Next, the supernatant THF was removed by canulla filtration. The beads were washed five times with 50 ml portions of THF. The fifth washing was free of chloride ion.
The beads were then resuspended in 100 ml of THF and were cooled to -100 n-butyllithium in hexane (3.3 ml of a 3.0M solution; 10 mmols). The product of this reaction is a metallated secondary phosphine having the formula ##STR6##
The beads were cooled once again, and a solution containing 2.46 grams (5 mmols) of [Rh(COD)Cl].sub.2 and 100 ml of THF was added to the reaction mixture. ("COD" is 1,5-cyclooctadiene.) The mixture was allowed to warm to room temperature and was stirred for 48 hours.
At the conclusion of that time, the beads were deep red. They were collected and washed as before until all evidence of halide was absent from the washings. The beads were then dried under a vacuum and stored in nitrogen at one atmosphere and -40
A catalyst was synthesized using the general procedures described in Example 1, but using the transition metal complex [Rh(CO).sub.2 Cl].sub.2 instead of the one used in Example 1. The amounts of reactants used were 1.7 ml of a 0.3M solution of LiPH(t--Bu) in THF, 0.5 g of the chlorinated polymer, 0.17 ml of a 2.9M solution of n-butyllithium in hexane, and 0.2 g of the rhodium complex, with 100 ml of THF as the reaction medium. The catalyst produced had the formula ##STR7##
A third catalyst was synthesized using the general procedures discussed above, but using the transition metal complex Co(CO).sub.4 I. The amounts of the various reactants used were 0.30 g of the complex, 0.122 ml of PH.sub.2 (t--Bu) (1 mmol), and 2 portions of 0.41 ml each of a 2.41M solution (1 mmol per aliquot) of n-butyllithium in hexane. The catalyst product that would result from this reaction has the formula ##STR8##
A catalyst having the formula ##STR9## in the form of 200-400 mesh beads was tested for its ability to hydrogenate benzene. It was placed in a 500 ml glass vessel already flushed with N.sub.2. Dry, degassed benzene was added with a syringe. The vessel was sealed, evacuated, and then pressurized with H.sub.2. In the first run, 2.04 ml of benzene was used with 0.172 g of catalyst, and the reaction temperature was maintained at 30 decrease in H.sub.2 pressure as time progressed.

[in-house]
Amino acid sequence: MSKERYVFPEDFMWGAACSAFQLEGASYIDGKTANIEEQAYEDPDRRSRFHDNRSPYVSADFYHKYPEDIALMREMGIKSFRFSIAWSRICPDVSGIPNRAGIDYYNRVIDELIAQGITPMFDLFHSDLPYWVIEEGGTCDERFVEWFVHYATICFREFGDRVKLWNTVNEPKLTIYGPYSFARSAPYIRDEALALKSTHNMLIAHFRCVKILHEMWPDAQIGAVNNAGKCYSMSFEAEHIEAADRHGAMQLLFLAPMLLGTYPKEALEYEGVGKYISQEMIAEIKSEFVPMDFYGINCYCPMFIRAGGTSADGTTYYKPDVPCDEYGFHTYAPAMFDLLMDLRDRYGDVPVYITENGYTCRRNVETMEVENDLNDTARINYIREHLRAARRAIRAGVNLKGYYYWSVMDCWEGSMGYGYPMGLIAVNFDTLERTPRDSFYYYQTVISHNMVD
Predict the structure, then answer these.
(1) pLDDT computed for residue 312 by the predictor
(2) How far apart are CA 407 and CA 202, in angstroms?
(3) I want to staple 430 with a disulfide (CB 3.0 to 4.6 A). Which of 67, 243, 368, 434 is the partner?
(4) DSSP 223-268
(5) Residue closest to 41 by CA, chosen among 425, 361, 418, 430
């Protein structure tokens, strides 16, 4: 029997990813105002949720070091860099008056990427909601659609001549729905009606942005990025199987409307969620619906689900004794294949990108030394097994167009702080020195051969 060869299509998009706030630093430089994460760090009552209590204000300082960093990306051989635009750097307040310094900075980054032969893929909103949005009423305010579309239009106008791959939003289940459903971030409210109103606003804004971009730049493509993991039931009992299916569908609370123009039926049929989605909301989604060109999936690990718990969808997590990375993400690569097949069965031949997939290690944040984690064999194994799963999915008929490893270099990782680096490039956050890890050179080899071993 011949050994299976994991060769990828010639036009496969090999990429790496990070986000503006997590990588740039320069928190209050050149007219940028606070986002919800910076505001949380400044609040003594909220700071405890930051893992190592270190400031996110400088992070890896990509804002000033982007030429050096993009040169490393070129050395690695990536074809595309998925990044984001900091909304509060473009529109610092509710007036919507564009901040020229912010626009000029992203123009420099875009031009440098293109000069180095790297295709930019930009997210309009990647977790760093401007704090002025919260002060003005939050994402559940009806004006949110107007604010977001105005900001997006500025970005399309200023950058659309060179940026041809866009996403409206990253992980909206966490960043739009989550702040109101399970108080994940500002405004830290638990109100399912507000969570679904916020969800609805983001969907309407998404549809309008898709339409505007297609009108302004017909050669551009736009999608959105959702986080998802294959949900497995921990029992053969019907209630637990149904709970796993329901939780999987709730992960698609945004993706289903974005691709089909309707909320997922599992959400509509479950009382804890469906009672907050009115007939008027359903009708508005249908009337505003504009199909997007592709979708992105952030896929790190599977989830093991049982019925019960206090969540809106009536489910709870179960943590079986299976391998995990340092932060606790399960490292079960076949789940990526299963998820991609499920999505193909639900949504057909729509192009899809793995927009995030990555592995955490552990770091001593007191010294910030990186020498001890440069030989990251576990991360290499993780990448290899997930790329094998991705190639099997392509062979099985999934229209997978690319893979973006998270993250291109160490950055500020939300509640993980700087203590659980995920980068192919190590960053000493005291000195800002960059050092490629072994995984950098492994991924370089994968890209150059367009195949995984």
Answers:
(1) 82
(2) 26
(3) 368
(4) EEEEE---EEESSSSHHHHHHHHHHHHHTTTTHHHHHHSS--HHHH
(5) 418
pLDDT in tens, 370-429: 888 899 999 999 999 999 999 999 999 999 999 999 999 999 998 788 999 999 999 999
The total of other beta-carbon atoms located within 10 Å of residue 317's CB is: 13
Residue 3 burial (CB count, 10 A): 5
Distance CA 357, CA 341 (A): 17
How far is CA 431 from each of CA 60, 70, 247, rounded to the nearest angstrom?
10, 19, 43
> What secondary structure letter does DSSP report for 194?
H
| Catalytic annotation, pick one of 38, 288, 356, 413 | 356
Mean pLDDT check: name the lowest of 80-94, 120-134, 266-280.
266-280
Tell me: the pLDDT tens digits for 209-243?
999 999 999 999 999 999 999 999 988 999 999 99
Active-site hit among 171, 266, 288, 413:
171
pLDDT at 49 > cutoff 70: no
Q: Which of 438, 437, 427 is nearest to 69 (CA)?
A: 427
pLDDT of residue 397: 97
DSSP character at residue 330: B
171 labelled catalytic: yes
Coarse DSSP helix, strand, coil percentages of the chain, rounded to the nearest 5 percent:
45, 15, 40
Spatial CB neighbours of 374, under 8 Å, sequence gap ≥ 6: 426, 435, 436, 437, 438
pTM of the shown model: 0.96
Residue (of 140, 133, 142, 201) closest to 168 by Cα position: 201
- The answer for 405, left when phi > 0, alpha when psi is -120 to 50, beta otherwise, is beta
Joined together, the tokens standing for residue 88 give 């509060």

TABLE 1______________________________________Elapsed time (min.) P.sub.H.sbsb.2 (psig)______________________________________ 0 51 15 51 90 49 150 48 180 47 755 28 975 261035 251095 221150 201320 181475 15______________________________________
The second run used the same amount of catalyst with 1.93 ml of benzene, and was conducted at 45
TABLE 2______________________________________Elapsed time (min.) P.sub.H.sbsb.2 (psig)______________________________________ 0 50 30 49 60 47 90 45155 40.5260 29.5300 27______________________________________
As this data shows, the 15 sharply increased the rate of H.sub.2 uptake.
The same type of catalyst used in Example 4 was tested with benzene. Catalyst weighing 0.20 g was submerged in 10.0 ml of benzene, and the reaction was carried out at 30 hydrogen [1 atm]. Table 3 shows the hydrogen uptake during this test.
TABLE 3______________________________________H.sub.2 uptake (ml) Time (min)______________________________________0 01 4.62 7.33 10.44 12.85 15.26 17.67 19.88 22.29 24.410 26.611 28.812 31.213 33.514 35.915 38.516 41.117 44.018 47.019 50.720 55.421 60.222 66.3______________________________________
The calculated average rate of reaction here was 2.05 ml H.sub.2 /(g of catalyst)(min).
The same catalyst used in Example 5 was tested once again with benzene, this time at 40 used under 1 atm of hydrogen. Table 4 shows the hydrogen uptake in this experiment.